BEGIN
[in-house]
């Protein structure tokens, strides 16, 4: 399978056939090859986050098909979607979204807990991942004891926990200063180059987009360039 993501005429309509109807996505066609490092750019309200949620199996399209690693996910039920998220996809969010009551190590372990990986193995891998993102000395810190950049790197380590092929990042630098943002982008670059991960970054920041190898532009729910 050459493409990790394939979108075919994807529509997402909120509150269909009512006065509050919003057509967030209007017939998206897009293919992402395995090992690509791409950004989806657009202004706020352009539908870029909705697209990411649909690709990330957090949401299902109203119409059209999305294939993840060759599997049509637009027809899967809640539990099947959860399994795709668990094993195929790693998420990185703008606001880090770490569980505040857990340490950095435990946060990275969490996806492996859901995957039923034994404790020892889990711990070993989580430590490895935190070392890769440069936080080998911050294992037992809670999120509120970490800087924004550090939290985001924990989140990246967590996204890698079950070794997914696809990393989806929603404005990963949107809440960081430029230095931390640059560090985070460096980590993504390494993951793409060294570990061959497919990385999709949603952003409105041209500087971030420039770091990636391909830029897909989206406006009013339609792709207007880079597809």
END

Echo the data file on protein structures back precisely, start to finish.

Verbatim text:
[in-house]
């Protein structure tokens, strides 16, 4: 399978056939090859986050098909979607979204807990991942004891926990200063180059987009360039 993501005429309509109807996505066609490092750019309200949620199996399209690693996910039920998220996809969010009551190590372990990986193995891998993102000395810190950049790197380590092929990042630098943002982008670059991960970054920041190898532009729910 050459493409990790394939979108075919994807529509997402909120509150269909009512006065509050919003057509967030209007017939998206897009293919992402395995090992690509791409950004989806657009202004706020352009539908870029909705697209990411649909690709990330957090949401299902109203119409059209999305294939993840060759599997049509637009027809899967809640539990099947959860399994795709668990094993195929790693998420990185703008606001880090770490569980505040857990340490950095435990946060990275969490996806492996859901995957039923034994404790020892889990711990070993989580430590490895935190070392890769440069936080080998911050294992037992809670999120509120970490800087924004550090939290985001924990989140990246967590996204890698079950070794997914696809990393989806929603404005990963949107809440960081430029230095931390640059560090985070460096980590993504390494993951793409060294570990061959497919990385999709949603952003409105041209500087971030420039770091990636391909830029897909989206406006009013339609792709207007880079597809």